She was clueless really that she had separated herself so much from that former life until that day.

It wasn’t really until the pump drama began shortly after that day, that she realized the amount of scarring this time in her life created.  The intensity of emotion was often overwhelming.  The thought of life without the pump was so scary that she would have done anything to keep a pump in her body.

This desperation proved costly for her, but the time spent experiencing problem after problem at least allowed her to acknowledge the trauma and begin to heal it.

Without the pump entirely, she still grapples with the integration of both lives—life with the pump and without it.  Life without the pump is different from how it was before the pump, with the pump, and different still than in the early months of the illness.

Bunker It

igloo bunker image

Photo Credit: John and Merilyn

No matter how simple I make something, at times it all still feels quite heavy.  To ease the weight of my full plate today, I built myself a bunker.  I imagine it to look very much like a bomb shelter, except that it is above ground and mixed together with an igloo image.  It has gray, thick, block-shaped slabs of concrete for its walls and a rounded top, much like an igloo.

I didn’t realize I was actively building it as the day progressed until I thought back on my first image.  My first image was one gray wall that was taller than me.  Then there were two walls, then four and then a ridiculously rounded top that made me chuckle by the middle of the afternoon.

Throughout the day, I tossed some of the heavier issues that are on my plate into the bunker.  I could see myself tossing them into the air and them landing in the bunker.  At first, this is probably why it didn’t have the igloo part.  That makes it easier to lob over some intrusive thought of one of the heavier things on my plate.

Today was not the day for any of those heavy things.  Today was for Duke and HEP, and later for my students at Phoenix.   I will pull out some of the heavier items from the bunker for tomorrow.

What do you do with the things that weigh heavily on your mind?

It’s All Ok, Except When It’s Not

life can be overwhelming

I do have a lot going on, although I tend to try to minimize it as much as I can.  I would prefer for you to have the impression that everything is under control, whether it feels that way over here or not.

While I am the master at shifting my perspective from being overwhelmed with those things in my world for which I am responsible, I do spend a great deal of time feeling just that.

I share the shift more often than I share the overwhelmed moments.

Today, I feel overwhelmed.  I am tired from an overly busy week and weekend.  In spite of my best efforts, my energy was not managed well.  This is a set up for feeling overwhelmed and I know this fact.

When I think about the many things that I need to do to prepare for the Social Security hearing, my Amore’s recurrent respiratory infection, my own health issues that I am feeling rushed to deal with, and various other tasks I am responsible for taking care of, I start to feel overwhelmed.

If you have ever shared with someone that you feel overwhelmed, you have likely heard the following:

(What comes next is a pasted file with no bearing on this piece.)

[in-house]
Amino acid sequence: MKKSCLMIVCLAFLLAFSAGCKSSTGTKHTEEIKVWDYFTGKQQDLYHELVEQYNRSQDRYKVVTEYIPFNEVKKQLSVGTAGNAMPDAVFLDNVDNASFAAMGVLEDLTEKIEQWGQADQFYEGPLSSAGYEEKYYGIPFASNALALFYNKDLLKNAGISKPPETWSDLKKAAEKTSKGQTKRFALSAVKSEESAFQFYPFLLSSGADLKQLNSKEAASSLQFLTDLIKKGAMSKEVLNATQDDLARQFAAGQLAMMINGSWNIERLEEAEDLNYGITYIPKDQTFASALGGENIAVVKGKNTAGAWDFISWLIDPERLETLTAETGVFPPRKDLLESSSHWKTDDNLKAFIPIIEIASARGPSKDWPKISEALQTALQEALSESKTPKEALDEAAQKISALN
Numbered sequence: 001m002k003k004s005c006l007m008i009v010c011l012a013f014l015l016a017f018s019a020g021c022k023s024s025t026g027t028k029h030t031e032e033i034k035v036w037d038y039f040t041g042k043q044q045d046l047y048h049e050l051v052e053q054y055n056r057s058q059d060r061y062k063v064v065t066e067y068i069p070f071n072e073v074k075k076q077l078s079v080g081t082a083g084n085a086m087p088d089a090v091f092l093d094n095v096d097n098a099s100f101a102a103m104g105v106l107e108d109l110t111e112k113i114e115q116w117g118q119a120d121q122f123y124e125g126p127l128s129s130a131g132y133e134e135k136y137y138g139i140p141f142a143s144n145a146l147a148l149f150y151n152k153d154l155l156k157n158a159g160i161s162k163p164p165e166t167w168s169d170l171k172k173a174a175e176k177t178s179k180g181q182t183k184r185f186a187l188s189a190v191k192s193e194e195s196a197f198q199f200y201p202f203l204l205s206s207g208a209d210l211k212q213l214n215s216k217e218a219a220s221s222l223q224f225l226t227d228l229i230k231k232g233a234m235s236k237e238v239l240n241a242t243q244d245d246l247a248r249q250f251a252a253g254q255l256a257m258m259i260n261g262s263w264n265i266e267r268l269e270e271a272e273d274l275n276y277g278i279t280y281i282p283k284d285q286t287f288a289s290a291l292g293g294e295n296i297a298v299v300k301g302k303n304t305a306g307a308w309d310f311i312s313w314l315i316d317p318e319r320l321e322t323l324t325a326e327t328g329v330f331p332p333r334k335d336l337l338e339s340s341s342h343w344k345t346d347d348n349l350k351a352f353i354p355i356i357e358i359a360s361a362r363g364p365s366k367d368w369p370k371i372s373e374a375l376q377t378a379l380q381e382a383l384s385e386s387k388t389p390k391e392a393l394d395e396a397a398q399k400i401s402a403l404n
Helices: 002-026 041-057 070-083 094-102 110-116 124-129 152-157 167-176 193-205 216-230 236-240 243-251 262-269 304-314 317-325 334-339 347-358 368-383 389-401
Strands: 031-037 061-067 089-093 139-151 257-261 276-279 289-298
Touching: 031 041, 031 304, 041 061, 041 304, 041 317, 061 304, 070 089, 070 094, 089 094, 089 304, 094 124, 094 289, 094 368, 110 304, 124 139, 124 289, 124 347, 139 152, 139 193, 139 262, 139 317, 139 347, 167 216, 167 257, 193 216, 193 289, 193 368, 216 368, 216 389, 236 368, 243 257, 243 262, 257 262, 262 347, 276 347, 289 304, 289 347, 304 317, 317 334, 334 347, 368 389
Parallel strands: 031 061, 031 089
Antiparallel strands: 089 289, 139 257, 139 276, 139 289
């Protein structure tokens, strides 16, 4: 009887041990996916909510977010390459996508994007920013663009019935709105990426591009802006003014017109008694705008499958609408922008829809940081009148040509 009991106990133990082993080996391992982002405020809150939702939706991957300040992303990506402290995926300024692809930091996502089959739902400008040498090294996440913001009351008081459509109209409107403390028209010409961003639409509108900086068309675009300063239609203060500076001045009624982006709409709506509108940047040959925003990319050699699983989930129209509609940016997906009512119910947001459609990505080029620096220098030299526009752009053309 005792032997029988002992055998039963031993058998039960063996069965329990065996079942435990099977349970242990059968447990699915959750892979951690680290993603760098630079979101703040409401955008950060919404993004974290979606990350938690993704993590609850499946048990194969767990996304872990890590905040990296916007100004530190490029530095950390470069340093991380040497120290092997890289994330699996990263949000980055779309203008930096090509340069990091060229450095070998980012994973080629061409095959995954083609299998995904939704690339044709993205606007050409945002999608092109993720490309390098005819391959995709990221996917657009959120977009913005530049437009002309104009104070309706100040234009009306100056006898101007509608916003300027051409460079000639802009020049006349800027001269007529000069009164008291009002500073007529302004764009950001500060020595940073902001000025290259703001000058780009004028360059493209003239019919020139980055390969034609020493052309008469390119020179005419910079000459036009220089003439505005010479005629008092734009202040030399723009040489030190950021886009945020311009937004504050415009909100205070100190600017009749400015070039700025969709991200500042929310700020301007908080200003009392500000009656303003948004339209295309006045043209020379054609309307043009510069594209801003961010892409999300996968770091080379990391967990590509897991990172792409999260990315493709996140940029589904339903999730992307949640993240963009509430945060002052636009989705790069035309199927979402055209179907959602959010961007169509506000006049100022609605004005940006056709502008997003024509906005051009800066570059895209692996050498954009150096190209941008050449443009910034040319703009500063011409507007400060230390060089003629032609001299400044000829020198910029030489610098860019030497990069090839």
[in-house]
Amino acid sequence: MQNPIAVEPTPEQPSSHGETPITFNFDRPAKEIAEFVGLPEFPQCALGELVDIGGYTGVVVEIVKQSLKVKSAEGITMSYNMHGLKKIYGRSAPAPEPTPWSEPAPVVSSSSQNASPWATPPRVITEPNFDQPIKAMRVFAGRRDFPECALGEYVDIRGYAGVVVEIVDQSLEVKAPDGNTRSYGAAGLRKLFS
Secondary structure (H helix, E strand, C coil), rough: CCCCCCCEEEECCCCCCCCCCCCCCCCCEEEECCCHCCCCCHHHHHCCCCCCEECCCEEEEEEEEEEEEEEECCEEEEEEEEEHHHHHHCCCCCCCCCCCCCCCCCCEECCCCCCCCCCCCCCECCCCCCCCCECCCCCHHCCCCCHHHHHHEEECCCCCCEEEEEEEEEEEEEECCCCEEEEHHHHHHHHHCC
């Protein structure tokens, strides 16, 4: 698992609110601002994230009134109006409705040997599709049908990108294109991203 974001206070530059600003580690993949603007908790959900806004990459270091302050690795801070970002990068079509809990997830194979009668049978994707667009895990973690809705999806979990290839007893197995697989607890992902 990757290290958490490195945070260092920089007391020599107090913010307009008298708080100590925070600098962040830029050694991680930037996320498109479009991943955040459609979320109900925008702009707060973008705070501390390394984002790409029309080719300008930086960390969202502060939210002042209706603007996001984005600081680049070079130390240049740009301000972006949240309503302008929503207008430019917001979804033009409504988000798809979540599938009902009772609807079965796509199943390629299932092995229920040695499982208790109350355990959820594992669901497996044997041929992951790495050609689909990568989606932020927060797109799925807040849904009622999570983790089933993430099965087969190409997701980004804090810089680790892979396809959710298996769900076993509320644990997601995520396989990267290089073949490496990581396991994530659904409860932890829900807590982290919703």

“It’s all ok.  You will be fine.”

Of course that will all be true, but not if I do not get done what needs to get done!  It doesn’t take away the need to be busy doing things I do not feel like and do not want to spend my time doing.

Of course I will be fine.  It is what I do.  I turn shit into rainbows.

At this moment in time, in the midst of feeling overwhelmed, I am not fine.  I am on deadline and there is an urgency that I need to honor.  That means make appointments, gather records, get records to the ALJ, blah blah blah.

That means getting my dog to the veterinarian.  It means scheduling a minor surgery for myself when I need to be spending that time gathering up records and seeing doctors that relate most to my illness symptoms.

Mostly right now, it means I have to do things I do not feel like doing because my body and brain are too tired.

Feeling overwhelmed is pretty sucky, so I don’t stay here long.  I do validate that it does happen and will happen periodically, however.  I will develop a plan so that I can refer to that plan when I feel overwhelmed the next time.

It isn’t anything but life.  No matter what it is, it can seem overwhelming.  I say it is ok if you feel overwhelmed.  Life can feel that way for grown-ups who are trying to be responsible for the outcomes of their circumstances.  These are things that no one can do for me, so in a minute, I will sit down and map out my plan of action.

I just felt like you should know that I do feel overwhelmed over here.  Sometimes I need to stay here a minute before I can plan my way out of it.  Yes, I know it will be ok once I do.  It just isn’t right now and that’s ok.



Do What You Know

I have started dozens of blogs this week.  I have finished only a few.

When I sat to write this one, I had abandoned three others.

It isn’t that I don’t have anything to say because I certainly do have a lot to say.

It isn’t that I am not focused because I am focused.

The problem, if it can be considered a problem, is that I have too much to say and it is all connected.

I am in the process of simplifying my basic coping strategies right now to minimize my episodes of becoming overwhelmed.  In my efforts, I am seeing just how convoluted I can make things in my head and with my thoughts.

While we do live in a pretty complicated society, there is nothing as complex as I make it in my mind sometimes.  Lately, I have been giving myself some breathing space.  I have been processing events and situations without overly complicated them.  I have been trying to get back to the basics.

Did you know that you cannot cope effectively with anything if you aren’t eating well, sleeping well, taking time to play, to laugh, sharing how you feel and what you are thinking?

The brain and body doesn’t have what it needs, so we are at a physiological handicap as we try to manage our emotional selves.

I teach this in each of my courses, so I am familiar with it.  I am not sure how I get so far away from it several times a year, but I do.

Yesterday afternoon, without any awareness as to what I was thinking about, I said to myself, “Tawny, stick with what you know.”

I know the basics.  I know how to simplify the complicated.  I know what does and can make me feel better.  I also know that if I do nothing else but those basic things that I can get through just about anything.

Kitt O'Malley

Bipolar Writer and Mental Health Advocate